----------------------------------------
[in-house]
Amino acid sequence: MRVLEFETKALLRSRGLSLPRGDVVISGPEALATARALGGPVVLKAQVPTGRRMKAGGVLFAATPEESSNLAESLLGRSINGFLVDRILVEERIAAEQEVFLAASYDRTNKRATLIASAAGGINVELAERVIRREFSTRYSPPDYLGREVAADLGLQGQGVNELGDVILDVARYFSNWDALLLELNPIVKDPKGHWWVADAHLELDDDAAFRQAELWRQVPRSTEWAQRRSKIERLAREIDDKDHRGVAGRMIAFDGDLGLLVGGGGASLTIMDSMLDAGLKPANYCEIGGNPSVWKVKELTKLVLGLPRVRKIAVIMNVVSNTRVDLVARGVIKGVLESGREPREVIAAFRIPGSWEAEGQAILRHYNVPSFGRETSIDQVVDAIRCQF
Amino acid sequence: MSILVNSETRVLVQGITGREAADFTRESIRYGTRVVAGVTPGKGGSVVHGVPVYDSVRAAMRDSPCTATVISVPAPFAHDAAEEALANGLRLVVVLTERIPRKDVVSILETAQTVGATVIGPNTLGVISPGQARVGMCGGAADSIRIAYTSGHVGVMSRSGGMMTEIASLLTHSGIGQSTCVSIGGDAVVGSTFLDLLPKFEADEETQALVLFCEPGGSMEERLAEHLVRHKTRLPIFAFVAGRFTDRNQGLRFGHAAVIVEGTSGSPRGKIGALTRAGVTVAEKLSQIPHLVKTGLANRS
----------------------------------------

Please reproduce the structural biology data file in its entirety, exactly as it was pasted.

[in-house]
Amino acid sequence: MRVLEFETKALLRSRGLSLPRGDVVISGPEALATARALGGPVVLKAQVPTGRRMKAGGVLFAATPEESSNLAESLLGRSINGFLVDRILVEERIAAEQEVFLAASYDRTNKRATLIASAAGGINVELAERVIRREFSTRYSPPDYLGREVAADLGLQGQGVNELGDVILDVARYFSNWDALLLELNPIVKDPKGHWWVADAHLELDDDAAFRQAELWRQVPRSTEWAQRRSKIERLAREIDDKDHRGVAGRMIAFDGDLGLLVGGGGASLTIMDSMLDAGLKPANYCEIGGNPSVWKVKELTKLVLGLPRVRKIAVIMNVVSNTRVDLVARGVIKGVLESGREPREVIAAFRIPGSWEAEGQAILRHYNVPSFGRETSIDQVVDAIRCQF
Amino acid sequence: MSILVNSETRVLVQGITGREAADFTRESIRYGTRVVAGVTPGKGGSVVHGVPVYDSVRAAMRDSPCTATVISVPAPFAHDAAEEALANGLRLVVVLTERIPRKDVVSILETAQTVGATVIGPNTLGVISPGQARVGMCGGAADSIRIAYTSGHVGVMSRSGGMMTEIASLLTHSGIGQSTCVSIGGDAVVGSTFLDLLPKFEADEETQALVLFCEPGGSMEERLAEHLVRHKTRLPIFAFVAGRFTDRNQGLRFGHAAVIVEGTSGSPRGKIGALTRAGVTVAEKLSQIPHLVKTGLANRS